Workshop at ALife XV
Time: 16:00 on Tuesday July 5th, 2016
Location: Contoy Room
Often, research done by scientists in one field can take a long time to percolate to scientists in another field. This is especially true in Biology and Computer Science, even with closely related sub-fields such as evolutionary computation and evolutionary biology. Such delays can substantially slow down scientific discovery, leading to the premium that many funding agencies have placed on research that cuts across disciplines. The field of Artificial Life is populated by such interdisciplinary scientists, who are well-positioned to improve this situation by surveying research from the constituent communities and synthesizing it into a coherent whole, including evolutionary biology, ecology, animal behavior, molecular biology, evolutionary computation, robotics, philosophy, and many other areas of biology and computer science. The goal of this workshop is to bring about such syntheses by organizing attendees into longer-term working groups to write cross-disciplinary reviews on subjects related to Artificial Life. To this end, we have accepted 8 proposals for such reviews. The proposers of each review will give a brief talk about their topic, why it merits such a review, and their preliminary vision for what their review should include. Audience members will be encouraged (but not obligated!) to join working groups for any reviews they are interested in contributing to.
|16:00||Intro||Charles Ofria and Emily Dolson||discuss|
|16:15||Diversity in Biological and Computational Populations||Emily Dolson and Charles Ofria||discuss|
|16:45||Open-Ended Evolution||Tim Taylor, Mark Bedau, and Alastair Channon||discuss|
|17:00||Synthesizing Concepts in self-modification||Simon Hickinbotham and Susan Stepney||discuss|
|17:15||Comprehensive Review of Plasticity||Leigh Sheneman and Arend Hintze||discuss|
|17:30||Modularity and its Origins||Jessica Lowell||discuss|
|17:45||Recombination in Biology and Computer Science||Dusan Misevic||discuss|
|18:00||Applied Co-Evolution||Luis Zaman||discuss|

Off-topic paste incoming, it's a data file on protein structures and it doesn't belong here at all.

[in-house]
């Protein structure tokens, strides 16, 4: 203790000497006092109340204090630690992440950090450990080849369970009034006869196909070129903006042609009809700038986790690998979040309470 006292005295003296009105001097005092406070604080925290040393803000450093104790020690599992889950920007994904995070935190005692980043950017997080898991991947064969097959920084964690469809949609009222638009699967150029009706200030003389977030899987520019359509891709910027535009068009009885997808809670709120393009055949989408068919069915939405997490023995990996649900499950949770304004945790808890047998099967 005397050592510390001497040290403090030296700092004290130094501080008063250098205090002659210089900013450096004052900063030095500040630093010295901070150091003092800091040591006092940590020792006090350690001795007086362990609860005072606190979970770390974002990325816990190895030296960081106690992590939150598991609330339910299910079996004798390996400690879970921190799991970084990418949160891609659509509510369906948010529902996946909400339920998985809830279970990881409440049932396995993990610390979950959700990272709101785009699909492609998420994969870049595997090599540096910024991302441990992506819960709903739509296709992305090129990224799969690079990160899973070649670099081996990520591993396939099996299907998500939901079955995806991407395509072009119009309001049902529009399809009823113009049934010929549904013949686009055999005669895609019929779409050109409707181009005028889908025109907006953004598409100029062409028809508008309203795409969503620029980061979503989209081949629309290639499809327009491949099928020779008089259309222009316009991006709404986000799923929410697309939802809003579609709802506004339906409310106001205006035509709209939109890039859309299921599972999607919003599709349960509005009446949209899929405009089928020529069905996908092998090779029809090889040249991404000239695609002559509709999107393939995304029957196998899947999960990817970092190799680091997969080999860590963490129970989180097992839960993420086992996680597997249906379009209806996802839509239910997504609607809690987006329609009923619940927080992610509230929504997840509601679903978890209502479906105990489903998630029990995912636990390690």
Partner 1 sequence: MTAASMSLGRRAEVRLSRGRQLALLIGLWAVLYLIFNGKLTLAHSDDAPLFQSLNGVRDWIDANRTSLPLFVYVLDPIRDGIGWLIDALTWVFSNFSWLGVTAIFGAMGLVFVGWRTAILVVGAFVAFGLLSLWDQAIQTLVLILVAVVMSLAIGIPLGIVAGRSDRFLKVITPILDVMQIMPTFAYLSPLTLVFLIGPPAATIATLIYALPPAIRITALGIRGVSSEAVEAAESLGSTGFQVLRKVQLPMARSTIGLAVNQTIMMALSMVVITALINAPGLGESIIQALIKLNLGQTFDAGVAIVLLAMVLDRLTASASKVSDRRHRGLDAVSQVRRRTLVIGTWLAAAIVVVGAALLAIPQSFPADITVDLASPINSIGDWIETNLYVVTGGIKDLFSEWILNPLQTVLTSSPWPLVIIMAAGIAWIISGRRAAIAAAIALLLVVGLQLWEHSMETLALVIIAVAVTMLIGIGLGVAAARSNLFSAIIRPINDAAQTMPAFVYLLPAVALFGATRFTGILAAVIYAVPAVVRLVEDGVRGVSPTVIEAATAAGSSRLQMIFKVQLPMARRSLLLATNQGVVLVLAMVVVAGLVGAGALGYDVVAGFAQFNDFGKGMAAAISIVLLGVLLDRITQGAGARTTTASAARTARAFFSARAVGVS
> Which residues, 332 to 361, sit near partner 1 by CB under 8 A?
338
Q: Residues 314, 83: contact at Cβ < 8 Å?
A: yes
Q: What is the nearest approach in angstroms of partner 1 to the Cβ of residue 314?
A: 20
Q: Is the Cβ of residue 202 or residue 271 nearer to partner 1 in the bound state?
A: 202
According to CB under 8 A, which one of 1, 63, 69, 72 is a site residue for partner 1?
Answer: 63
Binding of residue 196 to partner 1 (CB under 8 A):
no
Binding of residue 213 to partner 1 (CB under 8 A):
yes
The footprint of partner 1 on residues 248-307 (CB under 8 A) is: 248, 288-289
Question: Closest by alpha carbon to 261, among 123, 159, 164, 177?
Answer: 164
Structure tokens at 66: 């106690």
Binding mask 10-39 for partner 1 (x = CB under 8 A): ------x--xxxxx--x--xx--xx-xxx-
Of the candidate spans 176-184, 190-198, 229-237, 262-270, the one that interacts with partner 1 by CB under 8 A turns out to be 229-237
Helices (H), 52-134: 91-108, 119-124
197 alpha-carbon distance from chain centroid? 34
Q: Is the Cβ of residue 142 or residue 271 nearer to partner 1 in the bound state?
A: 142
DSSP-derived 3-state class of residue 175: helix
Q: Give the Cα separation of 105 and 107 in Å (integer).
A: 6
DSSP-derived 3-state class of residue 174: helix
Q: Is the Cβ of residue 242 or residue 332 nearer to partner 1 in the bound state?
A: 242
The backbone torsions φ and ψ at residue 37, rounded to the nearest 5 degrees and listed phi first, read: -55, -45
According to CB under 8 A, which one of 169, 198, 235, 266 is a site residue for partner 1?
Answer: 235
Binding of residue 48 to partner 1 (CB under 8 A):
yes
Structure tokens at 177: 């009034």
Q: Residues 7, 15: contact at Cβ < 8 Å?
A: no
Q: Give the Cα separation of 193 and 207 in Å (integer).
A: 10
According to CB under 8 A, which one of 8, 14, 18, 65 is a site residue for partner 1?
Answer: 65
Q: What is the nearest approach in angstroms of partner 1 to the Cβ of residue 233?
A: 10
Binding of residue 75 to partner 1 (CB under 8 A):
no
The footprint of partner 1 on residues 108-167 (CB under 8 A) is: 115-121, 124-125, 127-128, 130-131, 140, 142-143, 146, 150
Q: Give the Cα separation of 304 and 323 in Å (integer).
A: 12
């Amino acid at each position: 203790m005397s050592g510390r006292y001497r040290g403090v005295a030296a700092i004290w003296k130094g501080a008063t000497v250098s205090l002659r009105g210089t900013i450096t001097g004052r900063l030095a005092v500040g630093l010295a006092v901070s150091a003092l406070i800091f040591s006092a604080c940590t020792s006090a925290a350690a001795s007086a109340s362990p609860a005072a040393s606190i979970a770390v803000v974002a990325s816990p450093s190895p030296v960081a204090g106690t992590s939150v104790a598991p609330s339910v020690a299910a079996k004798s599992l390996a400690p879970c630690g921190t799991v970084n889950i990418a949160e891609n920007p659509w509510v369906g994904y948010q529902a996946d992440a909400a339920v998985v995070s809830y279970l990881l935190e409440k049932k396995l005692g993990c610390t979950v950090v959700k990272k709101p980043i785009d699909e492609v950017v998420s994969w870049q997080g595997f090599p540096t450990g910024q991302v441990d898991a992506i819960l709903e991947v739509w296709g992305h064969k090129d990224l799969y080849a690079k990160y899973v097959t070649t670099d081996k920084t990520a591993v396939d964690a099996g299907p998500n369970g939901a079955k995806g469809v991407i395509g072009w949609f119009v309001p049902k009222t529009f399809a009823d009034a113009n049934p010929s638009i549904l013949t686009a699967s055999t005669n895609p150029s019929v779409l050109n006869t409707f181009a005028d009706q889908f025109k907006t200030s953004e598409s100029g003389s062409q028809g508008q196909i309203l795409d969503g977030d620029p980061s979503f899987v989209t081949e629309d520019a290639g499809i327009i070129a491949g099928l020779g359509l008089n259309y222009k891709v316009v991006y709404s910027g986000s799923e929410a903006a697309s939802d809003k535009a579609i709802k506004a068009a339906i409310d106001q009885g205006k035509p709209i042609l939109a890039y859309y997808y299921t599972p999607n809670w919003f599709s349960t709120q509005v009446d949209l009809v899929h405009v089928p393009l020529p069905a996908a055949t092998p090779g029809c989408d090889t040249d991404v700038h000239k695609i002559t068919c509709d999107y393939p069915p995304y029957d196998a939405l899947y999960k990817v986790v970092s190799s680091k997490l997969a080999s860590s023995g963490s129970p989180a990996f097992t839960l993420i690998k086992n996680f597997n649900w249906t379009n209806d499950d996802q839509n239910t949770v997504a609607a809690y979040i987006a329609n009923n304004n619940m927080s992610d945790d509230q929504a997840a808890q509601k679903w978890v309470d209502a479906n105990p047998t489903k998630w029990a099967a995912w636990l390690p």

Everyone who is interested in contributing to the review series is invited to join us for lunch on Wednesday to informally discuss these ideas further. Location TBD.
A draft of the guidelines for contributions to this review series is available here. Timelines for completing the papers, as well as other modifications to these guidelines, will be discussed at the workshop.
Gitter - To facilitate group discussion of the review series, we’ll be using gitter. We chose gitter because it allows anyone who is interested in participating to easily join in, and provides e-mail notification of new messages so everyone stays up-to-date. Note that all discussion on gitter is public.
Overleaf - We will be collaboratively writing these reviews on Overleaf. Overleaf allows for collaborative editing of papers. Under the hood, they are stored as LaTeX files in a git repository. Conveniently, Overleaf provides a word-processor like rich text interface for editing documents without needing to touch the LaTeX or git if you don’t want to. If you’re a fan of git, Overleaf also allows contributors to clone the git repository associated with a paper, make edits locally, and then merge them when desired. Read-only links to all documents will posted on the associated gitter channel. To make contributions to overleaf documents, you will need to request the edit link for that document. To make determining authorship easier, we ask that anyone contributing via the overleaf web interface make an account on Overleaf and make sure to be signed in when making edits (this ensures that your name will show up in the history).
Citation Managers - Keeping track of references will be really important for these projects. Overleaf integrates well with CiteULike group libraries. So we have set up CiteULike libraries for each review and connected them to the corresponding Overleaf documents. To add to them, you will need to make a CiteULike account and join the appropriate groups. Please add references to papers by adding them to CiteULike and then refreshing the bibliography on Overleaf. This will help us avoid duplicate bibtex entries and other issues with citation curation.
For more information, e-mail the organizers.